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Habitat Land Management

Analyzing Whitetail Habitat

by Dr. James C. Kroll   |  September 22nd, 2010 5

Would you like to improve the productivity of your hunting land? Want to have more good deer food, better cover and fewer poaching problems? If so, you are in good company. Most other folks who hunt whitetails on private land have the same hopes and dreams

Fortunately, all of them are attainable . . . if you take the right steps. Problem is, most hunters and landowners are unsure just what those steps are. As a result, they plod along year after year with no clear management plan. The end result is wasted time and money, not to mention a lot of frustration.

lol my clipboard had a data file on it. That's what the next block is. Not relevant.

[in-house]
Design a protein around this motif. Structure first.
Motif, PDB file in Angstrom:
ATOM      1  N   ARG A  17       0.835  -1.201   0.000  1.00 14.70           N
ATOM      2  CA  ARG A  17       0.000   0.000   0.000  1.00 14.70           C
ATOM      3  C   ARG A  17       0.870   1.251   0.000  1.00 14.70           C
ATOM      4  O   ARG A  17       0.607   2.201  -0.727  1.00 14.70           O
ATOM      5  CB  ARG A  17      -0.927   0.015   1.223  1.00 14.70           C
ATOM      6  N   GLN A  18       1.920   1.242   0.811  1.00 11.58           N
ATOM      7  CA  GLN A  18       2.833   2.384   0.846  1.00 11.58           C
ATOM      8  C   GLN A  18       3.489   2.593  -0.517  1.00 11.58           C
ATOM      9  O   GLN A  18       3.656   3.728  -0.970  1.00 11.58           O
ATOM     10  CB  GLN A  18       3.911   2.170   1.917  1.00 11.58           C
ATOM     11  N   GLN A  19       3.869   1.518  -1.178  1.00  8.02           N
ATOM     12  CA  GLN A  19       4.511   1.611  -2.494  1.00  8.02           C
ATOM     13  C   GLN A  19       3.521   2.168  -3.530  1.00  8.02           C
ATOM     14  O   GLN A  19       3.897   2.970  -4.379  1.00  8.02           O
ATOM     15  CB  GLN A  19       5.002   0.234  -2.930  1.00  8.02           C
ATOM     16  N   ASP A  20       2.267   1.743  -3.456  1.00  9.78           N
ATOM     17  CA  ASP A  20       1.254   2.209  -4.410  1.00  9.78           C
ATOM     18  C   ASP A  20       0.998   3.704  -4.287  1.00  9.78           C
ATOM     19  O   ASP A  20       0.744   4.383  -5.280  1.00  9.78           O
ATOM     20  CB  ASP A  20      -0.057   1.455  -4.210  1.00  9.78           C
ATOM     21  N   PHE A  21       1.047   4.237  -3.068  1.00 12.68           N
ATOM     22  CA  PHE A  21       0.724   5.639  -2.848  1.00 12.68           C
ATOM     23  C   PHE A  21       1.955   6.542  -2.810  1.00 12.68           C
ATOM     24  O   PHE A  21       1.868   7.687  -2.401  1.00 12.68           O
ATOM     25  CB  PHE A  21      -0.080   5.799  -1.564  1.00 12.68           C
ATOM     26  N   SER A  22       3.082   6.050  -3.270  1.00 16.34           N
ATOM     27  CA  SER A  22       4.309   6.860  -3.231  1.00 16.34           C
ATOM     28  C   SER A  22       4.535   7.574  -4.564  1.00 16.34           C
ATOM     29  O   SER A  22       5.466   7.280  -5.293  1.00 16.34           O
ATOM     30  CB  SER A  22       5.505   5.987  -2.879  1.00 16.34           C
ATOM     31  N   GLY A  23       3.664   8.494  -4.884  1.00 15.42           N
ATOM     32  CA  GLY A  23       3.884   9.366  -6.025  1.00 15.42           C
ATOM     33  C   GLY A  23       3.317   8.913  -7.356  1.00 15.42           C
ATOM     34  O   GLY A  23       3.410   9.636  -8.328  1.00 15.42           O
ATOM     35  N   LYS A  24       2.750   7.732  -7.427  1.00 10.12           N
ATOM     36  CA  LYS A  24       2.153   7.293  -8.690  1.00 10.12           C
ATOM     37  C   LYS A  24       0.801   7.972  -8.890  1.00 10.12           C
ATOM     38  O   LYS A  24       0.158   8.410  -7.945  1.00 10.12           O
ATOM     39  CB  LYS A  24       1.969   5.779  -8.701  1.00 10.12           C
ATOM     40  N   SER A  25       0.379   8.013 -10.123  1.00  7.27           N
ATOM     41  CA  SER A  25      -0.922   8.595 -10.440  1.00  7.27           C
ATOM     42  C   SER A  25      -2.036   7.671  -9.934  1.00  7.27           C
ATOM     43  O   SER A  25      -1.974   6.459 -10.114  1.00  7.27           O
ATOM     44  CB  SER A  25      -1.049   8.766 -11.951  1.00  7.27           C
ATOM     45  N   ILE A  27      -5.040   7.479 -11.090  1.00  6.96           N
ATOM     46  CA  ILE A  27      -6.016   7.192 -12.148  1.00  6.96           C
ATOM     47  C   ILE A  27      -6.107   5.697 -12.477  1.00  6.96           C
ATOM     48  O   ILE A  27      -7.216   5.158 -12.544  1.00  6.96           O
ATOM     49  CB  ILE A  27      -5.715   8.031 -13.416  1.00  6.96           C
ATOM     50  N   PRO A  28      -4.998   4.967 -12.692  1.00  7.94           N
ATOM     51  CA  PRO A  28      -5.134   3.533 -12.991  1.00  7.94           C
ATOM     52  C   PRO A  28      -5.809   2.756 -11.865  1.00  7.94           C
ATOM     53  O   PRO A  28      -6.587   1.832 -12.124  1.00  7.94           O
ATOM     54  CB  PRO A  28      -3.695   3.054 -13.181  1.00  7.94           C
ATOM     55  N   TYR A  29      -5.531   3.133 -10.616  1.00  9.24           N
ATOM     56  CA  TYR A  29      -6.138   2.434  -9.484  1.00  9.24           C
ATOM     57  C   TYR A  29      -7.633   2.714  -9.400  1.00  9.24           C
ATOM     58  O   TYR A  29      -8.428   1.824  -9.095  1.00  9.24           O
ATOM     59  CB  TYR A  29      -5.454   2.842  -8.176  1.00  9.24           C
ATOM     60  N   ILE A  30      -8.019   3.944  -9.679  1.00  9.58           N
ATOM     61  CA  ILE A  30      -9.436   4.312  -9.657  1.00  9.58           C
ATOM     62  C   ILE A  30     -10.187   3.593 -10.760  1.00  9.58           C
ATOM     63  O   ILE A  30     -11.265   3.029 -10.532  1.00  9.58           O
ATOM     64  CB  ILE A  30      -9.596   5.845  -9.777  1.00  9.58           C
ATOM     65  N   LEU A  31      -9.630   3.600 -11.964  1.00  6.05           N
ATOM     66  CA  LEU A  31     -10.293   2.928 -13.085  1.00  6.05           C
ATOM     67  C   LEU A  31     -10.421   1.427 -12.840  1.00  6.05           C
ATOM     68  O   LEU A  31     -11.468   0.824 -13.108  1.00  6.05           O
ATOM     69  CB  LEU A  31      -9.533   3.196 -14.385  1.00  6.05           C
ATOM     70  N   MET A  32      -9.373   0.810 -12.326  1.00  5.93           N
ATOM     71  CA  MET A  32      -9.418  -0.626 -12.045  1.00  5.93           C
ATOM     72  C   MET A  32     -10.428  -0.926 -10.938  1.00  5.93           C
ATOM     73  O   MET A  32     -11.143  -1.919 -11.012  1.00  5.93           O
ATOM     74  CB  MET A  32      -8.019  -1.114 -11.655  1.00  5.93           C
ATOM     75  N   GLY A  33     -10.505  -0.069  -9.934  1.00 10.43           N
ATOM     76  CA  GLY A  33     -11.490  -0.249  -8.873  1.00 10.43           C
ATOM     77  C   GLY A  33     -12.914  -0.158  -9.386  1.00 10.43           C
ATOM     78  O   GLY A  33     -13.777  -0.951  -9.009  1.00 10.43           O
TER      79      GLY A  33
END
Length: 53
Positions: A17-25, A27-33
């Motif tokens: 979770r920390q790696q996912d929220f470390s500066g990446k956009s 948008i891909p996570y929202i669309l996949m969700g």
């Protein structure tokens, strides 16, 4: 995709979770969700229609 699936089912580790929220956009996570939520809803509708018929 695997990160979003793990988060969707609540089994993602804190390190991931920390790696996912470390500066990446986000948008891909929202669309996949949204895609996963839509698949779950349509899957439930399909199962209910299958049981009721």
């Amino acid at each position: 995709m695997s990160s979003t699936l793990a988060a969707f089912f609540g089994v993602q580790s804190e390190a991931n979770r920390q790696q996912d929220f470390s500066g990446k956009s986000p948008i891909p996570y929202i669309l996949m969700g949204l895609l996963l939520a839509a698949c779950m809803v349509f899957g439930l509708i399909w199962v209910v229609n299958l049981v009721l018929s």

There is no “one size fits all” strategy for growing healthy deer; every piece of land is unique and must be analyzed and managed according to its own variations. This is particularly true in regard to habitat. Thus, the first step in assessing a piece of deer land is to get your hands on an up-to-date aerial photograph of the area.

Acquiring such photos once presented a problem, as sources were fairly limited and obscure. But today, aerial photos are available from local resource-management agencies, such as state forestry services and the Natural Resources Conservation Service (the old Soil Conservation Service). For many areas, fairly recent photos also can be obtained over the Internet, through such Web sites as